When Korach foments a rebellion as recounted in this week’s Parasha, Moses does something most curious. Moses prays to God to ignore Korach’s prayers (Bamidbar 16:15). Did Moses really need to ask God to ignore the prayers of the avaricious, envious and arrogant Korach? Was there any chance God would listen to and honor Korach’s prayers in the first place?
Interestingly, our Sages tell us that even the prayers of the most wicked and selfish individuals can be granted if they are sincere and heartfelt. Some may find this troubling. Some may find it mystifying.
Such is the power of sincere prayer that we believe that it can alter destiny and affect free will. We learn on Rosh Hashanah and Yom Kippur we can alter a severe decree through Teshuvah, Tefilah (prayer) and Tzedaka. Do you think that we are only surrounded by the righteous on Yom Kippur?
Could it be that God wants to be accessible to all and at all times so that God’s powers of mercy can be tapped?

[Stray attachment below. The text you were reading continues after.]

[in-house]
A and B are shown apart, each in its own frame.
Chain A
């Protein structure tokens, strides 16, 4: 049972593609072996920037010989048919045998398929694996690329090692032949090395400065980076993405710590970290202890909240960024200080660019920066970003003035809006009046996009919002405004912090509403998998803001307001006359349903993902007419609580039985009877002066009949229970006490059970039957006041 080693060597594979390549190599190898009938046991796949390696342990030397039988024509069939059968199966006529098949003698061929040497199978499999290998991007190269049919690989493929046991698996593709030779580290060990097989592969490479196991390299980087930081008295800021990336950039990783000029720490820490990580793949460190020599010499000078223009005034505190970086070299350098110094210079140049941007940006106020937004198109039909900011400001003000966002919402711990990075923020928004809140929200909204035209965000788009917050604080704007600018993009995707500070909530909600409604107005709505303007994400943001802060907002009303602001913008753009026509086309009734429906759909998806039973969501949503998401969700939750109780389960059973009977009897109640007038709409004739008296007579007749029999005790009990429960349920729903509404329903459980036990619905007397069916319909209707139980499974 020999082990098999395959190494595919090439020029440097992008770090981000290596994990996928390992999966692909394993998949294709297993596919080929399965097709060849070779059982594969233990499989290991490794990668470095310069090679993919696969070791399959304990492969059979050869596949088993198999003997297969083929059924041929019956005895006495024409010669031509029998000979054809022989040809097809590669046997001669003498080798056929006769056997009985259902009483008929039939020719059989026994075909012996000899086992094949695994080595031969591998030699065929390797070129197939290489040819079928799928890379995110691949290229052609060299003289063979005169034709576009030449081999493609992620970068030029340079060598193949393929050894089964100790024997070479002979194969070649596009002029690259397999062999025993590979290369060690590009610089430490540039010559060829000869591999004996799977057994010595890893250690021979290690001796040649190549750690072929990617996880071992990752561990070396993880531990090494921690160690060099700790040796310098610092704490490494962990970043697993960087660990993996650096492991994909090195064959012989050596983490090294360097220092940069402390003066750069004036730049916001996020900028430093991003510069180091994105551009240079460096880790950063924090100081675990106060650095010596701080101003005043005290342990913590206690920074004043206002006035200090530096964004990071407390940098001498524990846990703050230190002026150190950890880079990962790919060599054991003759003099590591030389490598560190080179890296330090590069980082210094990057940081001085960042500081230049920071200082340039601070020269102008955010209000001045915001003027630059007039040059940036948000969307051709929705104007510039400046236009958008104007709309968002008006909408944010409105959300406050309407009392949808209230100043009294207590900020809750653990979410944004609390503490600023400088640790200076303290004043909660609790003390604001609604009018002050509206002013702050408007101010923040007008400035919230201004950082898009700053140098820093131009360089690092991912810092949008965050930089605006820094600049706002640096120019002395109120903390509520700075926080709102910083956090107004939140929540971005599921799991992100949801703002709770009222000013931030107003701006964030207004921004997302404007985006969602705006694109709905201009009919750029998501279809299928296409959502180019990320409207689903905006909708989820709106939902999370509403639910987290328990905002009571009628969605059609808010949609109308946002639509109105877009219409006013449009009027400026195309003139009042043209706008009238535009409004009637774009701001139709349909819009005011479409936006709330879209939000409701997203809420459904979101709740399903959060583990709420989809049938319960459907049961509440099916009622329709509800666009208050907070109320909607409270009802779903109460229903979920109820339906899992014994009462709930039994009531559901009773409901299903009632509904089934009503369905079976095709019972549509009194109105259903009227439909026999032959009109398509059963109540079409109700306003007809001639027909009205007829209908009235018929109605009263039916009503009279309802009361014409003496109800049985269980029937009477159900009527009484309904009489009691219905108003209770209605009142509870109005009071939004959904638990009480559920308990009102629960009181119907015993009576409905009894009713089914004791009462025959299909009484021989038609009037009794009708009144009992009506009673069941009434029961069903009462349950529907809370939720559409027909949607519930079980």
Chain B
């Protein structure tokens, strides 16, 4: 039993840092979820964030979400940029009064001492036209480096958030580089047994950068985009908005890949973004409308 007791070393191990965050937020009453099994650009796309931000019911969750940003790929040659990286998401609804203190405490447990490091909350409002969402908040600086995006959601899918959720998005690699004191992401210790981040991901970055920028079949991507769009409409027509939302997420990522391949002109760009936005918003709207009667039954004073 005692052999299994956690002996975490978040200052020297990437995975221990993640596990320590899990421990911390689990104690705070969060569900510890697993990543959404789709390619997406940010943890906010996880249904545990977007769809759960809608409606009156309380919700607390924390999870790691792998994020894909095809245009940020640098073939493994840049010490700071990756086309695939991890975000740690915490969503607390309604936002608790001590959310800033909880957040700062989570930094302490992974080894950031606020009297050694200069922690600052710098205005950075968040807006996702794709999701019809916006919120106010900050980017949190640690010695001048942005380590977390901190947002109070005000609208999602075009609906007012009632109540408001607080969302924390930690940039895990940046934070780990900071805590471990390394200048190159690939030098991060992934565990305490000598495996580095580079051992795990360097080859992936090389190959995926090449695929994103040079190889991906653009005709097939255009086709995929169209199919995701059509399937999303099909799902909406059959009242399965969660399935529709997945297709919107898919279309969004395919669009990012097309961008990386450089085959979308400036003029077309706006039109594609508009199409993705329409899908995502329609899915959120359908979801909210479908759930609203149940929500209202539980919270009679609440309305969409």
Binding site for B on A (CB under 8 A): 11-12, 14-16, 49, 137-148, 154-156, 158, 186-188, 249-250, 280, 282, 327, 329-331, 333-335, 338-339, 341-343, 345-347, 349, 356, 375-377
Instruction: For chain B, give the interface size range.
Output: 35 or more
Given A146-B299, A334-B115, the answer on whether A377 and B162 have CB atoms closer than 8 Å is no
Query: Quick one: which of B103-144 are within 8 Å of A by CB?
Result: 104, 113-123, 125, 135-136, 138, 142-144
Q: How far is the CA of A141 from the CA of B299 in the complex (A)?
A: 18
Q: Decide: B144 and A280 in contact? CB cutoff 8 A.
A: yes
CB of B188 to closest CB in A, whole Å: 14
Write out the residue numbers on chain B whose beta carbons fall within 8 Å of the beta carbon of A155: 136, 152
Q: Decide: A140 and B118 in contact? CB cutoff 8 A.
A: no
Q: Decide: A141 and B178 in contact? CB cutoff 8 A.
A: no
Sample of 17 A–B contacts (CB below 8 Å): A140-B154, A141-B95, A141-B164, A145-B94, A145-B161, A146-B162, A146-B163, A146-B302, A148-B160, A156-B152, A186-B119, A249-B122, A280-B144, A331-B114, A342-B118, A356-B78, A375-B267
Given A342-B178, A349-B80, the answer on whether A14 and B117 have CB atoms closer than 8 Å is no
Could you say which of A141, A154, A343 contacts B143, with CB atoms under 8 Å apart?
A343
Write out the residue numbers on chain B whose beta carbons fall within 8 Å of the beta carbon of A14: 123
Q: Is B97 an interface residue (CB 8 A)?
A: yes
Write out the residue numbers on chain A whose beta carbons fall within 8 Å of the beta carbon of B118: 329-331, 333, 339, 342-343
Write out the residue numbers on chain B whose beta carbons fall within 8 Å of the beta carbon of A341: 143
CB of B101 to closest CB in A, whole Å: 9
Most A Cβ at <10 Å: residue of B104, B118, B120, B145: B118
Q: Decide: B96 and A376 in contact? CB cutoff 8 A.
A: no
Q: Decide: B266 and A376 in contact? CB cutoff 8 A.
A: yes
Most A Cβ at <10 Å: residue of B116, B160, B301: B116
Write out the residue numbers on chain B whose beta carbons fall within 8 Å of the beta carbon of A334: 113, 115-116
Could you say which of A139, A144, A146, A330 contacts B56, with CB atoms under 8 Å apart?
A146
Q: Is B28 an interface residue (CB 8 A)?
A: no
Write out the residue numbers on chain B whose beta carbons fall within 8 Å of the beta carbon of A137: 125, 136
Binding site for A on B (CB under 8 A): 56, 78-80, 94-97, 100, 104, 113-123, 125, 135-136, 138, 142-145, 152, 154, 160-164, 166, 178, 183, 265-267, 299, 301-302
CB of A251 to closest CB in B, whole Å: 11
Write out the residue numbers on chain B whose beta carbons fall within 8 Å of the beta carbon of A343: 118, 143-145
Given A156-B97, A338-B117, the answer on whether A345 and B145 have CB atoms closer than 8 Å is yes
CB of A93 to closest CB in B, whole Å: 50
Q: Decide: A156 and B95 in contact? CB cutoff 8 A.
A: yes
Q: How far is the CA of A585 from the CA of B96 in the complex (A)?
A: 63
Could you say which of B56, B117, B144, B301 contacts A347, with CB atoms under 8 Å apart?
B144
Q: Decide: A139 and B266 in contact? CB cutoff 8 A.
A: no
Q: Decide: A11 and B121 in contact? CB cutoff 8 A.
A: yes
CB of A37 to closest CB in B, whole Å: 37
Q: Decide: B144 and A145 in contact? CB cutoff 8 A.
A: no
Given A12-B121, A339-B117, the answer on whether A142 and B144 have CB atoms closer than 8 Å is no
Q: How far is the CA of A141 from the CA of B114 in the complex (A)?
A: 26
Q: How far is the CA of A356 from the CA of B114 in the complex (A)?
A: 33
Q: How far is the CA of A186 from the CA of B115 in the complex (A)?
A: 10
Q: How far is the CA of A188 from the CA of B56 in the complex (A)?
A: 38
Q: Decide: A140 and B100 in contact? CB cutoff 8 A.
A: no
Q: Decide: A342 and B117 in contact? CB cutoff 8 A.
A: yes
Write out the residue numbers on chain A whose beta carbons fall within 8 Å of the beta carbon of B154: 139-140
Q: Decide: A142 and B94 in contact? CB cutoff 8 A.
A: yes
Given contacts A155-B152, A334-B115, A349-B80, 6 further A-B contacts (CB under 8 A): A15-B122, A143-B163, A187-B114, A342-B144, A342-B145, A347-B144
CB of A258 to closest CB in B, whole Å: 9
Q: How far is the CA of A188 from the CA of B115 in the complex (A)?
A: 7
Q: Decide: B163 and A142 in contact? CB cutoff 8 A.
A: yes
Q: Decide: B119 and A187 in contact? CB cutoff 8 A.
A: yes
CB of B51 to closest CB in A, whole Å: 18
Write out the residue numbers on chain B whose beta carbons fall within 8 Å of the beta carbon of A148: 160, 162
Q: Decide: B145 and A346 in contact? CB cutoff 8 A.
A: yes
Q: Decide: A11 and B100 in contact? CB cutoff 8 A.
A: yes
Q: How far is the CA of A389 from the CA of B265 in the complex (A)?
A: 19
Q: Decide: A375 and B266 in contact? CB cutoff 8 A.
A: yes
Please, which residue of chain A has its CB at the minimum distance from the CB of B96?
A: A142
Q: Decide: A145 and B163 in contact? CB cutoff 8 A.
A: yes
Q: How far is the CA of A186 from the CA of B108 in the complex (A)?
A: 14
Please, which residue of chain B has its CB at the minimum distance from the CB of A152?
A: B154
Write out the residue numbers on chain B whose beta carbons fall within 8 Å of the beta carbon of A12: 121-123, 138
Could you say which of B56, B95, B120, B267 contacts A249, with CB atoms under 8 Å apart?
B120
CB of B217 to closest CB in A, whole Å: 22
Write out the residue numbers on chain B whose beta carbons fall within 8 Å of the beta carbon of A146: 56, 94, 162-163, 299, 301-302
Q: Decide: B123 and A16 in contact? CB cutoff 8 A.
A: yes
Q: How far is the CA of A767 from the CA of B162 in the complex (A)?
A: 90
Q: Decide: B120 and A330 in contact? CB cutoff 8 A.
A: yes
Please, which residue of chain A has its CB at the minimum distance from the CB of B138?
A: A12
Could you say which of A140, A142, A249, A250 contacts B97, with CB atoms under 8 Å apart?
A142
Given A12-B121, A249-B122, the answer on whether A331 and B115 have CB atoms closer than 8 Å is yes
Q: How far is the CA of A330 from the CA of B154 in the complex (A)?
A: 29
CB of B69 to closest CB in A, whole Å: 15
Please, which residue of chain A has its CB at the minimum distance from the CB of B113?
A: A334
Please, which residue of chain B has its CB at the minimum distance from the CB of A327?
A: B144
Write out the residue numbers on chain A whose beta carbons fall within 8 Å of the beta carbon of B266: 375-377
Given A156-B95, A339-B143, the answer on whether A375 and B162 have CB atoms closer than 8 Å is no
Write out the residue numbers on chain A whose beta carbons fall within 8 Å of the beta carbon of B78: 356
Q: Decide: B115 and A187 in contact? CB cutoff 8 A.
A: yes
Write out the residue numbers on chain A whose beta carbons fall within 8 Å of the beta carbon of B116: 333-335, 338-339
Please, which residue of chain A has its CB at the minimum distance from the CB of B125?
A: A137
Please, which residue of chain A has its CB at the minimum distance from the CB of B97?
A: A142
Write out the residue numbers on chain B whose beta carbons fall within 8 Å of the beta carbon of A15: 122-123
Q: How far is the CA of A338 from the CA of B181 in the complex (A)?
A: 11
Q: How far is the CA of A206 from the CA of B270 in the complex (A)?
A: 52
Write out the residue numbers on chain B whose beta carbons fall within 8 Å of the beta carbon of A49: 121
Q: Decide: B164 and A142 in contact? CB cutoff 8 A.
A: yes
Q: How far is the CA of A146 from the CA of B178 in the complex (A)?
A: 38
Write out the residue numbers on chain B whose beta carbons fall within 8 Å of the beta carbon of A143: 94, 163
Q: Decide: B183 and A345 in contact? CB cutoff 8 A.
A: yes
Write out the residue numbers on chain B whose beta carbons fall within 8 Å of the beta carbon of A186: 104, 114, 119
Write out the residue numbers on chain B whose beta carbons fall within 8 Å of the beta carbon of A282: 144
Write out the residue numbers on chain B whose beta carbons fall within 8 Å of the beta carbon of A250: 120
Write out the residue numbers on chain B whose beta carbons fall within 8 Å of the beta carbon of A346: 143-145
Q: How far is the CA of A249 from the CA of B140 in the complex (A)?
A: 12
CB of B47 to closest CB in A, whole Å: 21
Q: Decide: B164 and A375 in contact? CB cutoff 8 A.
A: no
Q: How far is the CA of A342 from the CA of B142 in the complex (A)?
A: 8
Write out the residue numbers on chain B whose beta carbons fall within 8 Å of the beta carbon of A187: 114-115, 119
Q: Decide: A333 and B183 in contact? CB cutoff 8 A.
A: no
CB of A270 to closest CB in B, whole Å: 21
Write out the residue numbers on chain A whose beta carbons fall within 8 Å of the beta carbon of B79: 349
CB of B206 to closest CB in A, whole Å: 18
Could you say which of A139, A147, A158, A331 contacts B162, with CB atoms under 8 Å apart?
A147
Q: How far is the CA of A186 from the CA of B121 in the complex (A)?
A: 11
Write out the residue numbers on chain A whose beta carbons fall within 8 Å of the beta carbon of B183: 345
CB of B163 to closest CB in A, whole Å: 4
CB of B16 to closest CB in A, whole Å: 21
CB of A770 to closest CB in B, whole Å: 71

Maybe it is magical thinking, but we do not want others praying against us if we have a choice. Indeed, one of the private prayers at the end of the Amidah specifically asks God to nullify and frustrate the evil designs that others may have against us. Isn’t that just what Moses prayed as it related to Korach?
May each of us be exempt from any negative prayers that anyone has against any of us. May the Holy One grant our prayers for that which is good in God’s sight.
This Shabbat we learn with Rabbi Joey Krakoff. He will speak about Korach’s rebellion and offer different motivations/approaches for exactly what might have been going through the heads of Korach, Moses and Aaron. I have never left one of his study sessions without learning something new and powerful. Come as you are. Stay as long as you like.